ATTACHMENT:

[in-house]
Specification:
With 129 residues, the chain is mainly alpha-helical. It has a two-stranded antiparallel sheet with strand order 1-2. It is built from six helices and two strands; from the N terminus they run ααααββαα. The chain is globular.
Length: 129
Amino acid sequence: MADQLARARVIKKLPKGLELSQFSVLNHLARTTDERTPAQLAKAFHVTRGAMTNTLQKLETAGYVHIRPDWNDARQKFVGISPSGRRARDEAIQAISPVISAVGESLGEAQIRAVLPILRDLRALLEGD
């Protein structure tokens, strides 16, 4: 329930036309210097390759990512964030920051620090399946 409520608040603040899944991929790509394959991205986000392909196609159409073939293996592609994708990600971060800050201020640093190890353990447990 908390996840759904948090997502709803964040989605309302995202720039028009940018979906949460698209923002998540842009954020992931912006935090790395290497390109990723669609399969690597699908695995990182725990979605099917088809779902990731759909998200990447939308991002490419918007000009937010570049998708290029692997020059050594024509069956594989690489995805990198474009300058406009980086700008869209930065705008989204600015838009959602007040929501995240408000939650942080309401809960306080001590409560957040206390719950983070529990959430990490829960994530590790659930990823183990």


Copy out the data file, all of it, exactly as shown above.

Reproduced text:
[in-house]
Specification:
With 129 residues, the chain is mainly alpha-helical. It has a two-stranded antiparallel sheet with strand order 1-2. It is built from six helices and two strands; from the N terminus they run ααααββαα. The chain is globular.
Length: 129
Amino acid sequence: MADQLARARVIKKLPKGLELSQFSVLNHLARTTDERTPAQLAKAFHVTRGAMTNTLQKLETAGYVHIRPDWNDARQKFVGISPSGRRARDEAIQAISPVISAVGESLGEAQIRAVLPILRDLRALLEGD
């Protein structure tokens, strides 16, 4: 329930036309210097390759990512964030920051620090399946 409520608040603040899944991929790509394959991205986000392909196609159409073939293996592609994708990600971060800050201020640093190890353990447990 908390996840759904948090997502709803964040989605309302995202720039028009940018979906949460698209923002998540842009954020992931912006935090790395290497390109990723669609399969690597699908695995990182725990979605099917088809779902990731759909998200990447939308991002490419918007000009937010570049998708290029692997020059050594024509069956594989690489995805990198474009300058406009980086700008869209930065705008989204600015838009959602007040929501995240408000939650942080309401809960306080001590409560957040206390719950983070529990959430990490829960994530590790659930990823183990």